Amarone's long aging potential is one of the things that sets it apart from other wines and is a key factor in the wine's high quality and value. This aging and maturing potential makes Amarone a wine that can be stored and enjoyed for many years and is one of the reasons Amarone is considered the "King of Wines".
Amarone is known for its complex and nuanced flavor profile, and this aspect of the wine sets it apart from other red wines. Amarone wines are generally rich and full-bodied, with aromas of dark fruits such as cherries and plums, as well as hints of spice, tobacco and chocolate. These flavors are the result of the wine's unique appasimento production method and the high-quality grapes used in its production.
Characteristic of Amarone are the aromas of dark fruits, spices, tobacco and chocolate, which give the wine its unique and complex character.
In addition to its complex flavor profile, Amarone is known for its high tannin content and robust mouthfeel. Tannins are compounds present in the skins, seeds and stems of grapes and give the wine its structure and astringency. Amarone is high in tannins, which give it a robust and structured mouthfeel and contribute to its long aging potential. The tannins in Amarone also help balance the flavors of the wine and provide a long, lingering finish.
All in all, the complex and nuanced flavor profile of Amarone, with aromas of black fruits, spices, tobacco and chocolate, combined with the high tannin content and robust palate, make it a highly sought-after wine by wine lovers worldwide.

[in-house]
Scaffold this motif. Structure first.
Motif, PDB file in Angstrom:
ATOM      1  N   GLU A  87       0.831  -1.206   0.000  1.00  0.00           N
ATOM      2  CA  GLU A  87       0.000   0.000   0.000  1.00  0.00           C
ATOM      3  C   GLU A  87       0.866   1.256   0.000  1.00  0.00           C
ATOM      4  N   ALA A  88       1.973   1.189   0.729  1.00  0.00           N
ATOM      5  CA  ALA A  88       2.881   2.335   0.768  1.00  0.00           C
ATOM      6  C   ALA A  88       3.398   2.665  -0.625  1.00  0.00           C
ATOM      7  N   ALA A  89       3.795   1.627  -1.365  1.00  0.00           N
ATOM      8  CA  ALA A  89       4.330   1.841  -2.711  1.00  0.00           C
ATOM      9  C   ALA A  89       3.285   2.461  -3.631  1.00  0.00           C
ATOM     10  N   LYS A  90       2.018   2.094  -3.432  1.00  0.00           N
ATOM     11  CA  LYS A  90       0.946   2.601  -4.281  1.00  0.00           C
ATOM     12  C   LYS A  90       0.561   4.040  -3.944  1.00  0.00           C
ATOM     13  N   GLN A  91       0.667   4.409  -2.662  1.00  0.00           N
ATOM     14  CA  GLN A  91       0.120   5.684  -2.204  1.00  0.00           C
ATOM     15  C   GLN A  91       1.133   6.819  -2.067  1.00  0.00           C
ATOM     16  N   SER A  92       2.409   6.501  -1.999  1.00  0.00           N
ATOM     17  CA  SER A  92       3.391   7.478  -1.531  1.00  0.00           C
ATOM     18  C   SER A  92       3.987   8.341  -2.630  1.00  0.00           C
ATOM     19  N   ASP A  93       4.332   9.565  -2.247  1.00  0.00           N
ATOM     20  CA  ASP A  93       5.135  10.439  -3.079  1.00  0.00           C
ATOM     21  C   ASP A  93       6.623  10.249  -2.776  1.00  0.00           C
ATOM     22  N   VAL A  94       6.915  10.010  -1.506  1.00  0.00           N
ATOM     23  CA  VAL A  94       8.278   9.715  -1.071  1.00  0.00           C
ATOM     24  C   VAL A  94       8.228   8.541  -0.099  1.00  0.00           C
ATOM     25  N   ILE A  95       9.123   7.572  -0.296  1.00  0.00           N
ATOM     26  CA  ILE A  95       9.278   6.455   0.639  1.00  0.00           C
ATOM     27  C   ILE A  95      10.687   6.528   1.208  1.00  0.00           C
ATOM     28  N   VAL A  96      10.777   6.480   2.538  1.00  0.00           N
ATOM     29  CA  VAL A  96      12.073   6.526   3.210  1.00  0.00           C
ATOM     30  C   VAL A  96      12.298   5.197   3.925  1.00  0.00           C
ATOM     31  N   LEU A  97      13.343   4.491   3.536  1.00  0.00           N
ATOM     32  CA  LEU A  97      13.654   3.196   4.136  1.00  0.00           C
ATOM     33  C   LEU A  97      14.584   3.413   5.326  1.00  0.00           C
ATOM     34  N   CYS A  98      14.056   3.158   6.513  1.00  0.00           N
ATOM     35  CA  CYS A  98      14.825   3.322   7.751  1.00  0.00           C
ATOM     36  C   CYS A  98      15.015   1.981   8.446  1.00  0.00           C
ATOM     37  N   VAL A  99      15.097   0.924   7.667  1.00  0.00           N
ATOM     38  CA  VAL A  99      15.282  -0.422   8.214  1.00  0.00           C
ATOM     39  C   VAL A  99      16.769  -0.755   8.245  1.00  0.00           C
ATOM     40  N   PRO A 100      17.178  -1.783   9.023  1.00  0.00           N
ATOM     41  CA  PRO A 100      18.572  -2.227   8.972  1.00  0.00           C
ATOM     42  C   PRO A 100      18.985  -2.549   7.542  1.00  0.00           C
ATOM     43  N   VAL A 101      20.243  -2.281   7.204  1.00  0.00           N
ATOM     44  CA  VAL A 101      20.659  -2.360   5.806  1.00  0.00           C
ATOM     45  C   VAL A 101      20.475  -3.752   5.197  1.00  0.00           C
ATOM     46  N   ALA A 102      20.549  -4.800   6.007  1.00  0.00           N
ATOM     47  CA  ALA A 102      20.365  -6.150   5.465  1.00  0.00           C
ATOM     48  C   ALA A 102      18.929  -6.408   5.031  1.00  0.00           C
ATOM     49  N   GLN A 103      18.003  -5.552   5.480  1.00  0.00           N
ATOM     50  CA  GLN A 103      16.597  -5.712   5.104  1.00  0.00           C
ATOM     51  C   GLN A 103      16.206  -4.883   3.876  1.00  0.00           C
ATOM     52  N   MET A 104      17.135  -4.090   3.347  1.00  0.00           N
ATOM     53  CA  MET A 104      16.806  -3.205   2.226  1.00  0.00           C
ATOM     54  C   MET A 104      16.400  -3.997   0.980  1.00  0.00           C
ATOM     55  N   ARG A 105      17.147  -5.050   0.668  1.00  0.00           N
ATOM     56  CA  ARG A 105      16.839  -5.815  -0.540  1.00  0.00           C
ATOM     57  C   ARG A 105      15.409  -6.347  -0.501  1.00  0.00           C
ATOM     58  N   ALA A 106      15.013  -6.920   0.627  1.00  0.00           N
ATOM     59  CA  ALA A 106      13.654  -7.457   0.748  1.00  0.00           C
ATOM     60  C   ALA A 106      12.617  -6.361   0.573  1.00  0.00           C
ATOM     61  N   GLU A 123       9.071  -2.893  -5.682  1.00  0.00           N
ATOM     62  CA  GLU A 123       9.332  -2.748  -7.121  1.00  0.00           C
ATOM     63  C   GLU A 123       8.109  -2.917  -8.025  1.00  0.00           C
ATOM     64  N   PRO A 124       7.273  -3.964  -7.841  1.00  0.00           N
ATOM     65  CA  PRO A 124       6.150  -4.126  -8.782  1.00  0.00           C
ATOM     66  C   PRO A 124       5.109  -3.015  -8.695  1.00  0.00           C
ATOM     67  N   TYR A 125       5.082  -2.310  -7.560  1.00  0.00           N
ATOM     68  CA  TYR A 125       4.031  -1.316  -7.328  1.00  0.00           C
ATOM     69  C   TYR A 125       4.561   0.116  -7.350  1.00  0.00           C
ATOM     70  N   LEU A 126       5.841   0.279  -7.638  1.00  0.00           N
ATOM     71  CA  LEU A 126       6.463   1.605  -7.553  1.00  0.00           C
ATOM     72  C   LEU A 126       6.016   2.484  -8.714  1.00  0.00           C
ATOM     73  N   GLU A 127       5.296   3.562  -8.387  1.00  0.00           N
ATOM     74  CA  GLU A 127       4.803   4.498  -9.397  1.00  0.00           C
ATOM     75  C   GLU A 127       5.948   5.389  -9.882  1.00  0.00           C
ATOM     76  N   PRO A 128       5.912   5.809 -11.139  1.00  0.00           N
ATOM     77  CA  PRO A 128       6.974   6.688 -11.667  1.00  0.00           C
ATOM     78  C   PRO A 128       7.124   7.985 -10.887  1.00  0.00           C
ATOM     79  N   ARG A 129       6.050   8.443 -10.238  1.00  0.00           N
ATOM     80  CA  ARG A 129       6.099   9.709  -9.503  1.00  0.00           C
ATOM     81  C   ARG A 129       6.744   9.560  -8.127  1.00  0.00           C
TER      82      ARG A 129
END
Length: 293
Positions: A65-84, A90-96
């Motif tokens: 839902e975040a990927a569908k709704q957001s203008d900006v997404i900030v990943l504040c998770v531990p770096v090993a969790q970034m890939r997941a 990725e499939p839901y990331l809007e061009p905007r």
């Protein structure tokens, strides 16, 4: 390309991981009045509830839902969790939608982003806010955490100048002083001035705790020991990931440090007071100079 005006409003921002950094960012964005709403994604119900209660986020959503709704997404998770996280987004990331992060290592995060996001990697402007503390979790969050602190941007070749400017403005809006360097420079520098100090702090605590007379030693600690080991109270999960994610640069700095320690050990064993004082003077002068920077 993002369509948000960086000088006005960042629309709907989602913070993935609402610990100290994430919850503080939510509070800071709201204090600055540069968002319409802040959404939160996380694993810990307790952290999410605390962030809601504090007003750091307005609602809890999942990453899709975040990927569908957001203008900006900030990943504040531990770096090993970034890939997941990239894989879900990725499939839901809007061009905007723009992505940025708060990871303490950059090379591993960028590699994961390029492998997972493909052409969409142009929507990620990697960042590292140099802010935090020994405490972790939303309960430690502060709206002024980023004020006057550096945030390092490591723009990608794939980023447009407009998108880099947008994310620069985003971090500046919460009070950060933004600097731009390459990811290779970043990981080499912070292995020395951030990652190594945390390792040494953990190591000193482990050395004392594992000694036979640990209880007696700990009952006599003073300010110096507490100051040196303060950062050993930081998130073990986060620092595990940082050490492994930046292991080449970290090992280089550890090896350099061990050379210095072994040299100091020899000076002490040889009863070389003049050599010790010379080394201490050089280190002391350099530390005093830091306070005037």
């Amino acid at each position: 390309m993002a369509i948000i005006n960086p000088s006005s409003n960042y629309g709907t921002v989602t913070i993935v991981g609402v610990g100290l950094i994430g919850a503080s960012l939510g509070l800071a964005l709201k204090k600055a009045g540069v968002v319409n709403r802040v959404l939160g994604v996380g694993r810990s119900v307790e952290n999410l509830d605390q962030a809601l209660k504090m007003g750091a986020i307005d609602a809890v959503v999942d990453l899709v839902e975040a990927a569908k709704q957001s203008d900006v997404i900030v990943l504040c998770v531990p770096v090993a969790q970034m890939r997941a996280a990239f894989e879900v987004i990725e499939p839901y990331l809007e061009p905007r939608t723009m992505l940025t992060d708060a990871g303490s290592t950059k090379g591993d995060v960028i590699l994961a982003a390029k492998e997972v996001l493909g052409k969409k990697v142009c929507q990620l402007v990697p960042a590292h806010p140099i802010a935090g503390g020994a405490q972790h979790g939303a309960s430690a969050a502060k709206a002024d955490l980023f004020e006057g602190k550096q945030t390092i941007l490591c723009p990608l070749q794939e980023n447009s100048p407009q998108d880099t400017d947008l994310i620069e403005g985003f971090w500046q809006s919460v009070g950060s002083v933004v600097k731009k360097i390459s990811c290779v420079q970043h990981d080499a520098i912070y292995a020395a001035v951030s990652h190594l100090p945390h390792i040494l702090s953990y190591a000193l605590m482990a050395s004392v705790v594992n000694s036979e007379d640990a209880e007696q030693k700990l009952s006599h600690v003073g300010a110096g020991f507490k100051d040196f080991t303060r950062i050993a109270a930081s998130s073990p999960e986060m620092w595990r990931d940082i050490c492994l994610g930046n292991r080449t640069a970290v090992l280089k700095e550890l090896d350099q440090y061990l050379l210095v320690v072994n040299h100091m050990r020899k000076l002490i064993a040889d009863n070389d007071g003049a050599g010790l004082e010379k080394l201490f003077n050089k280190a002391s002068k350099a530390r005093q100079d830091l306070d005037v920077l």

There are several reasons why Amarone wine can be expensive:
Limited Production: Amarone is produced with a specific method which involves drying the grapes before pressing. This process is time consuming and labor intensive and results in lower wine yields. As a result, there is less Amarone on the market, which can drive up the price.
Quality: Amarone is known for its high quality and complex flavor profile. It is made from carefully selected grapes and is aged for a long time, adding depth and character. This level of quality has its price.
Demand: Amarone has made a name for itself as a premium wine and is therefore in high demand. When the demand for a product is high and the supply is limited, the price tends to be higher.